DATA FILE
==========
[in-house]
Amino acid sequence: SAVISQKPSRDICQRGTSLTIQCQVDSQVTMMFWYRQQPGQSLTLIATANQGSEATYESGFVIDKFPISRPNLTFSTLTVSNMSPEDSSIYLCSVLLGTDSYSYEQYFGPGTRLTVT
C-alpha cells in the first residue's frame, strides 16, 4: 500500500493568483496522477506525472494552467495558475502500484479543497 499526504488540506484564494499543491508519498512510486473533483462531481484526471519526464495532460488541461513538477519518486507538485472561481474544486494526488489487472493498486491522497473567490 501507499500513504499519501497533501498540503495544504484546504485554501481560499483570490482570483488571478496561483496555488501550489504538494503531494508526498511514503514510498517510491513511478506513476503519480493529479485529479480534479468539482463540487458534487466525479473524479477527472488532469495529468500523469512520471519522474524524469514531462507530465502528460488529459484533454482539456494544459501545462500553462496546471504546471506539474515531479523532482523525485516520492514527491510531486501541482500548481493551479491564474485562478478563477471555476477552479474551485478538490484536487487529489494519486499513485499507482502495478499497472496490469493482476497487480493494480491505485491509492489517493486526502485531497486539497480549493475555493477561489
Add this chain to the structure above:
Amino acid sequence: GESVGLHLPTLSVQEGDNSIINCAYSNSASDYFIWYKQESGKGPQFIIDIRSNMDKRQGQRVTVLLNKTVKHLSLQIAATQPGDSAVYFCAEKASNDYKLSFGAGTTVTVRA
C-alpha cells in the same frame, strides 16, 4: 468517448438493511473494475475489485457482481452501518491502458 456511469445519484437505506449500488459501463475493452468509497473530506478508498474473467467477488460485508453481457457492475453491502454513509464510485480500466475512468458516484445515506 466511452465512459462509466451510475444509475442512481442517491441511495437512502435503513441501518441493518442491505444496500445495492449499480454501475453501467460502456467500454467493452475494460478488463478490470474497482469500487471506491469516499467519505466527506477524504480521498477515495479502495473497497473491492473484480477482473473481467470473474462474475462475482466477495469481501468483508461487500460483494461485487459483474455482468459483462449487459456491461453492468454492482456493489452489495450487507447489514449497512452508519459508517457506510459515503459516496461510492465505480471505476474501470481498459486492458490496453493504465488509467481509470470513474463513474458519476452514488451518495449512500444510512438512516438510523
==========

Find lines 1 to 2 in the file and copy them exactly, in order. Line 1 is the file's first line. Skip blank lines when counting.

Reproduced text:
[in-house]
Amino acid sequence: SAVISQKPSRDICQRGTSLTIQCQVDSQVTMMFWYRQQPGQSLTLIATANQGSEATYESGFVIDKFPISRPNLTFSTLTVSNMSPEDSSIYLCSVLLGTDSYSYEQYFGPGTRLTVT